Two papers from the Soft, Biological and Statistical Physics group appeared in the 22nd April edition of Physical Review Letters.
Both papers relate to nonequilibrium statistical physics, which is a central research theme of the group. In essence, this concerns fundamental theories for forms of condensed matter that exhibit a current or flow of some kind. Although these systems are ubiquitous in nature, theories are still in their infancy. Both papers reveal surprising new information.
In the first - "Diffusion with Stochastic Resetting" by M. R. Evans and S. N. Majumdar, Phys. Rev. Lett. 106 160601 - the fundamental process of diffusion was re-examined when the diffusing particles returned at random times to the initial position. One way to visualise this is to imagine the process of looking for a lost item in a room by taking steps in a random direction, periodically returning to the starting position to begin the search anew. Evans and Majumdar found that this strategy of going back to the beginning can in fact drastically improve the time to locate the object.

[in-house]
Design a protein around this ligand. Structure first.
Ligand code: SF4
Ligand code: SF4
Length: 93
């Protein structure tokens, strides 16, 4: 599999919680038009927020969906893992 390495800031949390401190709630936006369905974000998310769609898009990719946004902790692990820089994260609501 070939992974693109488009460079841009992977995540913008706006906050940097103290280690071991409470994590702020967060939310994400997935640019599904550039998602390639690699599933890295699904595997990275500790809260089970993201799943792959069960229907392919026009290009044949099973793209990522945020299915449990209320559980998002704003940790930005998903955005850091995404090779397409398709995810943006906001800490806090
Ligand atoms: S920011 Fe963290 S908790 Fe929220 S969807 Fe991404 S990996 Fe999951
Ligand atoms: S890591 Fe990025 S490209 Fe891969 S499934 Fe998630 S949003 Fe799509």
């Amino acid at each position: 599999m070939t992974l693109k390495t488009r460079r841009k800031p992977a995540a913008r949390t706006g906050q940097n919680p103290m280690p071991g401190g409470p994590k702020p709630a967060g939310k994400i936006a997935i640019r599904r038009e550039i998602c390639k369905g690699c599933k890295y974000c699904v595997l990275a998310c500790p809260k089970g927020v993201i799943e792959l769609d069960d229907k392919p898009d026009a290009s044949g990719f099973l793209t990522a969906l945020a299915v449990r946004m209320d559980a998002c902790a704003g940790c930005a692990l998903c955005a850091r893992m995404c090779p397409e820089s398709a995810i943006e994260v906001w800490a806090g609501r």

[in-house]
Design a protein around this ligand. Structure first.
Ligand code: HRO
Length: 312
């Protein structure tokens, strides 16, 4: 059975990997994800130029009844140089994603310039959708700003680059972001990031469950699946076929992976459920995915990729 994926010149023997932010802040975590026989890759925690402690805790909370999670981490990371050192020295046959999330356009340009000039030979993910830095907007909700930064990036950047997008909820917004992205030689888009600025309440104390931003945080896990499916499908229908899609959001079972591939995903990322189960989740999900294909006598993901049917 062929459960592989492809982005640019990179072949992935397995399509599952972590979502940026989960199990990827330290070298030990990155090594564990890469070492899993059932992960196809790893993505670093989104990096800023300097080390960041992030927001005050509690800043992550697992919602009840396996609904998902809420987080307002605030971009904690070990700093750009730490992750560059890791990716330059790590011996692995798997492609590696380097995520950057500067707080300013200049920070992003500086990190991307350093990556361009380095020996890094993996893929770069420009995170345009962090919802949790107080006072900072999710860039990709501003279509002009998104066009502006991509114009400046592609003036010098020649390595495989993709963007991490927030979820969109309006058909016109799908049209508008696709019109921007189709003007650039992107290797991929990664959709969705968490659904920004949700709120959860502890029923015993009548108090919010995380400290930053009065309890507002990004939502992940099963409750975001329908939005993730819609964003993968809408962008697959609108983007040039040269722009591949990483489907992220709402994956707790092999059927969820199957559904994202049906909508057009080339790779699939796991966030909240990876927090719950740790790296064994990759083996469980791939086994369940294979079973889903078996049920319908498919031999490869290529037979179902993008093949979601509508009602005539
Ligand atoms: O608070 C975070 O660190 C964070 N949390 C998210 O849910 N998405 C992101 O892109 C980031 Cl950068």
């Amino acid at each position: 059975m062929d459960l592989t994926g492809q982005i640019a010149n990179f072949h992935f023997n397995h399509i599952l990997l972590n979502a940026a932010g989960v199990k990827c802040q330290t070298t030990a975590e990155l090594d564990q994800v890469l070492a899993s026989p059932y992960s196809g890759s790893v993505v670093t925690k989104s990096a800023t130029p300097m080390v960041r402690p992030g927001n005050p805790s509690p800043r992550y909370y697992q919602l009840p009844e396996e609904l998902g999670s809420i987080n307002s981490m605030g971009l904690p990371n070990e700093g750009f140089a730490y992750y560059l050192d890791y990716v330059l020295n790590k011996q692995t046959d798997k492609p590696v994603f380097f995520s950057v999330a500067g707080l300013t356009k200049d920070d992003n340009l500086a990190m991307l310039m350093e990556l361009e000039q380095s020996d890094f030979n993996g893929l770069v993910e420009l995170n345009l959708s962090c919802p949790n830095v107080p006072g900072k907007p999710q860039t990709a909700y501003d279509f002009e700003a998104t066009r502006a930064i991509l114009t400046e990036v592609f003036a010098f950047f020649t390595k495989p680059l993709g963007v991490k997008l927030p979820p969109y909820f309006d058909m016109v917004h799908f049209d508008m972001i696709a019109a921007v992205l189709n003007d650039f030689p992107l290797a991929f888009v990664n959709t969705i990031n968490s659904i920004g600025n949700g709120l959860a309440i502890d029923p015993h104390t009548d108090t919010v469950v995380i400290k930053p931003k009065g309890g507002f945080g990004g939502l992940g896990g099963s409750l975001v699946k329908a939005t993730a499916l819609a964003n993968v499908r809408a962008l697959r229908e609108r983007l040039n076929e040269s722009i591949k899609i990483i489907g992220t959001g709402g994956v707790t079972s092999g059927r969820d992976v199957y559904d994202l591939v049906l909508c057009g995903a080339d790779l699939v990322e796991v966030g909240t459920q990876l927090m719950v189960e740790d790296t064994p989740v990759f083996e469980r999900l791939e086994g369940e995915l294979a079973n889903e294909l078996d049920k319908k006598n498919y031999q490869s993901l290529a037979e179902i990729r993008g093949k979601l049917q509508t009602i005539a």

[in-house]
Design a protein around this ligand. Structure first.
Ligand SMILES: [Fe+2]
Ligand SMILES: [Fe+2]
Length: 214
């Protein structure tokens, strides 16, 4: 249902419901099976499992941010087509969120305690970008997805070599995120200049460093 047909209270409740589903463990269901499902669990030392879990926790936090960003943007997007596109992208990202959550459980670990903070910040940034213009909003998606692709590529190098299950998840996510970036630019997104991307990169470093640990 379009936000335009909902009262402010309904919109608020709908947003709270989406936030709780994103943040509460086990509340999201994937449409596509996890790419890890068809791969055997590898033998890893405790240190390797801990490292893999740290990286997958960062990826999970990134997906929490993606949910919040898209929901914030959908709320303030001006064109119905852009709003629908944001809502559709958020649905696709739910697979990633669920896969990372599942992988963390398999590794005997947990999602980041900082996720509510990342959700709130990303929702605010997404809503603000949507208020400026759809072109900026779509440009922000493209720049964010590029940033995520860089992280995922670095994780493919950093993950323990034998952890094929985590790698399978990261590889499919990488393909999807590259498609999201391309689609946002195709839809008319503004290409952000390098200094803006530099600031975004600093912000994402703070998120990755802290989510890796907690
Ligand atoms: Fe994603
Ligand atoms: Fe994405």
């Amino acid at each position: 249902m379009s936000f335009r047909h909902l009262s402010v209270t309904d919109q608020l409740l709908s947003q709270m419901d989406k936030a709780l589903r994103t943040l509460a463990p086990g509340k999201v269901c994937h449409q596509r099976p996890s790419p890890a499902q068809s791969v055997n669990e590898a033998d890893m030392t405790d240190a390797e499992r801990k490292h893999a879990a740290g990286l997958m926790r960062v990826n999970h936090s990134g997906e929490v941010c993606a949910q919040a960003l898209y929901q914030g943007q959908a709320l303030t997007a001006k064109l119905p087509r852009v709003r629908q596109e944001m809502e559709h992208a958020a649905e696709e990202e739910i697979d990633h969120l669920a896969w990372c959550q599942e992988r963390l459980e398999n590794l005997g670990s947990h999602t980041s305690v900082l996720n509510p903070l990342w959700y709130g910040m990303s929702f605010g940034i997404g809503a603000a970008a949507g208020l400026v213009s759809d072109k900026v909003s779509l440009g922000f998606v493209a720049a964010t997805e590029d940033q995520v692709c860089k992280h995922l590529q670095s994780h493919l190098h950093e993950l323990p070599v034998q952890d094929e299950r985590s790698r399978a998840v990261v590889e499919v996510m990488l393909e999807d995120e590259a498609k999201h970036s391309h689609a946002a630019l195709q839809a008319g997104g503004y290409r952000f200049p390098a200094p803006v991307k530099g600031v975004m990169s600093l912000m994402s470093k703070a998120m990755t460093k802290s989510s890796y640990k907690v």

The second paper - "Noise-induced dynamical transition in systems with symmetric absorbing states" by D. I. Russell and R. A. Blythe, Phys. Rev. Lett. 106 165702 - shows that the way in which regions of magnetic alignment grow in time depends on the scale of local fluctuations. The model discussed in this paper can also be used to describe the spread of behaviour (like language or fashions) in a human population. In this model, fluctuations increase with the willingness to forget one's existing behaviour, showing that behaviours might spread in a fundamentally different way in populations of culturally forgetful individuals than in those who have a long cultural memory.